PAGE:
Proposed Application

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A teammate and I are working on a design project for an International Baccalaureate class in school. Our proposed problem is whether or not the application of solar cells on various areas of a fuselage of an airplane can help to contribute to it's primary fuel system of petroleum. We were hoping to determine whether or not this integration is a feasible proposition. Naturally, we were hoping to find some expert opinions on this matter because there are lots of facets that we couldn't fathom. A few of which being the actual durability of the solar cells at high altitudes in rough weather, the realistic figures for energy output while in use, the initial capital that would have to be offered up to institute their use, etc. There are a lot of questions we have, and this seemed like a good place to start. Currently, NASA has instituted various gliders powered solely by solar cells, so it's not that ridiculous a notion. So, please feel free to offer opinions and contribute to our knowledge. Thanks.

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  • niel
    niel Solar Expert Posts: 10,300 ✭✭✭✭
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    Re: Proposed Application

    i don't think it will do much for reducing the petroleum needs of today's jets. this would be akin to putting a fan on a rocket and may be more of a hindrance than a help. some solar cells can survive those conditions quite well, btw, as we have them in space too, remember?
    for jets. they can improve the engines themselves to use less fuel and still perform the task. this is about the best i think we could hope for is for fuel economical engines. do note that everything in a jet is power derived from that same jet engine so conservation in the plane is also a good thing to pursue, but it would contribute little in the overall scheme of things i suspect.
  • BB.
    BB. Super Moderators, Administrators Posts: 33,477 admin
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    Re: Proposed Application

    You can use a program, such as PV Watts, to figure out how much power you can collect from xx kWatts of solar panel per day/month/year for major portions of the world.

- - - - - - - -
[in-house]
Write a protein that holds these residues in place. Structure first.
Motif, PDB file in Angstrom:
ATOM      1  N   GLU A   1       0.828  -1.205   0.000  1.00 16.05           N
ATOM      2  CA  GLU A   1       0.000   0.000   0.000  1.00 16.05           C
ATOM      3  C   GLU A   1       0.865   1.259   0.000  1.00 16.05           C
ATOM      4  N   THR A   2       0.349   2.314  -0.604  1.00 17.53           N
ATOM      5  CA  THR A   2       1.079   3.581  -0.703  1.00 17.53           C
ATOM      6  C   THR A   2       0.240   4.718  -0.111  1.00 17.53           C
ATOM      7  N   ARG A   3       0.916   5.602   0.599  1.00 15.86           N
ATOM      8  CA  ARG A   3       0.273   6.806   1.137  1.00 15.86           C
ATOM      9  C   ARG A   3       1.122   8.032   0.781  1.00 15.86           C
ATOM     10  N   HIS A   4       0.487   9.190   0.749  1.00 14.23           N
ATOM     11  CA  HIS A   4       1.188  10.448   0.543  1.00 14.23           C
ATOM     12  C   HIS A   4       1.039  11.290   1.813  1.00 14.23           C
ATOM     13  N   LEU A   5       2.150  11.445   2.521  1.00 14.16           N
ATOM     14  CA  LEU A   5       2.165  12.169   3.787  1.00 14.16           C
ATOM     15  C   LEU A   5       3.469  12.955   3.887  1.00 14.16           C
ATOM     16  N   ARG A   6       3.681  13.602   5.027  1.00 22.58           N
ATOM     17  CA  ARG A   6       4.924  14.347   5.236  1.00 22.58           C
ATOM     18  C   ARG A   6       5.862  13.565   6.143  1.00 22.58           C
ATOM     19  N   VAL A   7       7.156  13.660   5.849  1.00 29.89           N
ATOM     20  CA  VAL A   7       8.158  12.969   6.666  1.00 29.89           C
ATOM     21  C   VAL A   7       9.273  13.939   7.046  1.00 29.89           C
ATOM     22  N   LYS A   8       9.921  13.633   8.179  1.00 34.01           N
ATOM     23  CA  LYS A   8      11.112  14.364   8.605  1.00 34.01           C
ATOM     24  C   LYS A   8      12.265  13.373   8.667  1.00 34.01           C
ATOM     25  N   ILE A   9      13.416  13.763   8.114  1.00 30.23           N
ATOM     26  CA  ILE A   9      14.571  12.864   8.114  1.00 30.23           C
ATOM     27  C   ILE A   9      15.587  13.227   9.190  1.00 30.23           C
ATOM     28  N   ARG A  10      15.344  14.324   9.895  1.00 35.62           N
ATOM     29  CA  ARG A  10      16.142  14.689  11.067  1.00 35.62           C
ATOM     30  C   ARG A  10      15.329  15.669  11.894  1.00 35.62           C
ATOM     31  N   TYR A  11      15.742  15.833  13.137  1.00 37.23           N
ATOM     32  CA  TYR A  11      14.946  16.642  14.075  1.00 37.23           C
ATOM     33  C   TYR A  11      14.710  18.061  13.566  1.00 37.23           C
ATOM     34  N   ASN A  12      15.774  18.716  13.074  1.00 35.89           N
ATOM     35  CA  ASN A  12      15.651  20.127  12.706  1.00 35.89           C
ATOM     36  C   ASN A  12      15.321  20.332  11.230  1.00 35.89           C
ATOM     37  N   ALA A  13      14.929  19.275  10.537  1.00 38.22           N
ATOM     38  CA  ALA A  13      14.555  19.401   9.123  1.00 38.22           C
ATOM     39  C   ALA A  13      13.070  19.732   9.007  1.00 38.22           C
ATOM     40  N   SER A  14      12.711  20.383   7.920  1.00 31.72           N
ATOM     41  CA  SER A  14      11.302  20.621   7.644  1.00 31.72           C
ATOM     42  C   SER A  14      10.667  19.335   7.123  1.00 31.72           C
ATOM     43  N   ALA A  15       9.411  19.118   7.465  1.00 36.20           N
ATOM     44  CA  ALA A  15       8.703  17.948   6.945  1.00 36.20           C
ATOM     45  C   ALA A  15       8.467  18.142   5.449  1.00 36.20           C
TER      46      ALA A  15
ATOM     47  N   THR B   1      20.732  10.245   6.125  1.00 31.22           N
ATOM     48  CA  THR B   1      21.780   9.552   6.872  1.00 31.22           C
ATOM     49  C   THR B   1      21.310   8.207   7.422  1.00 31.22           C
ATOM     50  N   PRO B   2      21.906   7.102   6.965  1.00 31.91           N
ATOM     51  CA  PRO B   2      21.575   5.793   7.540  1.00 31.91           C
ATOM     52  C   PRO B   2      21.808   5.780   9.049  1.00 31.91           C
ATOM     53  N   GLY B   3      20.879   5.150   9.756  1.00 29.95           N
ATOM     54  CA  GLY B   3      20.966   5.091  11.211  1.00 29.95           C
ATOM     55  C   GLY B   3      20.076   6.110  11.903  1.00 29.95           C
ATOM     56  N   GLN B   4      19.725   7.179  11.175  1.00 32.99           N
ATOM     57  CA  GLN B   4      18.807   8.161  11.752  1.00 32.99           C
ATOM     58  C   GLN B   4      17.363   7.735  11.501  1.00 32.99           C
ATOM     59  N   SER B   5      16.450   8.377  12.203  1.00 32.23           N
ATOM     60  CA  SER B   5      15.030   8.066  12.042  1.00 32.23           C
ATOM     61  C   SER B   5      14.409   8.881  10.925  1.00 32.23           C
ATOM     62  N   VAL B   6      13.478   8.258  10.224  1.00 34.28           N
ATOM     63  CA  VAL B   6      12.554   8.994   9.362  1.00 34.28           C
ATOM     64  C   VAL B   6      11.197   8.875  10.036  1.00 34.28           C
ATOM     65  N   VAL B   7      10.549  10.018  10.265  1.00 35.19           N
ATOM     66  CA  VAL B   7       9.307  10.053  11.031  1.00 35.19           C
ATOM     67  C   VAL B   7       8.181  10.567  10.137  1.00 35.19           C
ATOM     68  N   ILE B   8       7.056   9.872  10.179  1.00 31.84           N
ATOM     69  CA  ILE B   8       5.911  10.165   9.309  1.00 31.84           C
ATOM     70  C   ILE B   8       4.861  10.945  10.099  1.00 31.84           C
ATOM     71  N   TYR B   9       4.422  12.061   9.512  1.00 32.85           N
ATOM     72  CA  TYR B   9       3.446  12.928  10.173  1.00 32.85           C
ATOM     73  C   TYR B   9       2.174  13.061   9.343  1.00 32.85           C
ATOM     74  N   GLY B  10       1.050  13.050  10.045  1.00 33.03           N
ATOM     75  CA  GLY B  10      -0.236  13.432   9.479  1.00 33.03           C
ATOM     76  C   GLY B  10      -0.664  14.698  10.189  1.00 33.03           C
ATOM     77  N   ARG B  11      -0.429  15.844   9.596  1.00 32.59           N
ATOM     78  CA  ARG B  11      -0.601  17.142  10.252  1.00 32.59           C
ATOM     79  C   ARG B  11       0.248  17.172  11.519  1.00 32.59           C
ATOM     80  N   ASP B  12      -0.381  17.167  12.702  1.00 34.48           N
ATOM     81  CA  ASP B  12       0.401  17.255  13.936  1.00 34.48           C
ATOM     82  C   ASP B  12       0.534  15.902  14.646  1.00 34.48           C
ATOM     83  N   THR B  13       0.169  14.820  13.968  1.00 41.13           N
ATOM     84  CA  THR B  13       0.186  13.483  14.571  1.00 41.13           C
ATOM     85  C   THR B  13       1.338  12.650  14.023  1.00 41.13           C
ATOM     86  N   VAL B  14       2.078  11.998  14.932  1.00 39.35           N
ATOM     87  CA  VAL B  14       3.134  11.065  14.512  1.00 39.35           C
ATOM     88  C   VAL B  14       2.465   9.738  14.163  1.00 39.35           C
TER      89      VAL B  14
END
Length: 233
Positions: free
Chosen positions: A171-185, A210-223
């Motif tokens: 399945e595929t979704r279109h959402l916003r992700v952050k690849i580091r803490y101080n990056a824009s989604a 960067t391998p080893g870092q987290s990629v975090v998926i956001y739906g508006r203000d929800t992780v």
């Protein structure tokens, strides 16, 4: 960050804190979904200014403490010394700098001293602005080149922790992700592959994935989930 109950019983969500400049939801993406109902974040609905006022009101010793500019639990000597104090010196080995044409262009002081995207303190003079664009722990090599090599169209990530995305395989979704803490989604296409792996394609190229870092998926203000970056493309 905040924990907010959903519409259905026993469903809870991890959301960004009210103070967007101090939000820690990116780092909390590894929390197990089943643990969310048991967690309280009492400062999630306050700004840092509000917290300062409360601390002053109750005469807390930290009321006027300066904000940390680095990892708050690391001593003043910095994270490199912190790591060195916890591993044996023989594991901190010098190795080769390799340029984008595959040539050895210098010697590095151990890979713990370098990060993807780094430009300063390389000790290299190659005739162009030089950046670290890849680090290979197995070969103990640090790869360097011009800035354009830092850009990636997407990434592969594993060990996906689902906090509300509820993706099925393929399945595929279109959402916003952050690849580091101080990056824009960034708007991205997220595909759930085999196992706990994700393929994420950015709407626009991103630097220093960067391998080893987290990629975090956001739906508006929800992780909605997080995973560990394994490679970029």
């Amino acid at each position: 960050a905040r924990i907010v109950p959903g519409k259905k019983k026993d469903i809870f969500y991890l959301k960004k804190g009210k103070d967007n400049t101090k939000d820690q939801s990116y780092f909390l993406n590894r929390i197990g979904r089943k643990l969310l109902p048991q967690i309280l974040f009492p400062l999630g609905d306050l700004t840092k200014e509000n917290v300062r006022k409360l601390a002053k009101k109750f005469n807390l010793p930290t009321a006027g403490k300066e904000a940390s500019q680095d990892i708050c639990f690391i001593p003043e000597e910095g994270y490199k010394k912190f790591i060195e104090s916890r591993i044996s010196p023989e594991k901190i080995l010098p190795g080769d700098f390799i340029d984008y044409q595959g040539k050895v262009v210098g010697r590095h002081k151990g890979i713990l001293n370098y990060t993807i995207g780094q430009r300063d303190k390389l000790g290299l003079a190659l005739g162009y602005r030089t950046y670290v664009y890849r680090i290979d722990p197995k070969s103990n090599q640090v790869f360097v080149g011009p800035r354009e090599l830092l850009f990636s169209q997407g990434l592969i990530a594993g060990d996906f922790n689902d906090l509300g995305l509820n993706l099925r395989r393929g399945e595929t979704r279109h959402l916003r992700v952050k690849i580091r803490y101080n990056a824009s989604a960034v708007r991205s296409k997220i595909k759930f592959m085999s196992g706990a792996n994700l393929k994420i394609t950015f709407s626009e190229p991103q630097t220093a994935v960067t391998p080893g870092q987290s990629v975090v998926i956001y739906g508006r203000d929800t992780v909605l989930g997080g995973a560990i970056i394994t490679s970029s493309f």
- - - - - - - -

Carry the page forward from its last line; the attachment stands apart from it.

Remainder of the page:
Next, you can research different types/materials used for solar cells... The standard for terrestrial use is Silicon based--"cheap" at $3-$5 per watt (when packaged in weather proof glass panels for mounting on roofs and 25+ year life). You can look at gallium based cells, which can be almost 2x as efficient at collecting sunlight per sq... But they also (IIRC) cost some 10-20x as much as silicon cells (for space use, weight and size of payload vs cost of rocket+fuel cost/benefit ratio).

    Running solar panels on an aircraft can have advantages (higher altitude and cold operating conditions increase cell performance).

    On the downside, cells are "heavy" and off little in the way of useful energy... Pick some numbers for a back of the envelope calculation for a Boeing 747:

    542 sq.meter wing area.

    Assume that you collect 1,000 Watts per sq.meter and that around the world, you average ~5 hours of "noon time sun" per day (winter/summer averages). Assume 21% conversion efficiency:

    542 sq.meter * 0.21 * 1,000 watts per sqm * 5 hours of sun = 569,100 Watt*Hours per day (569kWhr per day)

    A B-747 will hold roughly 63,000 gallons of fuel. Just fuel, in terms of heat content is probably around 40-45kWhrs per gallon.

    So, heat content wise:

    63,000 gallons of Jet A * 42.5 kWhrs per gallon = 2,667,000 kWhrs of heat worth of fuel...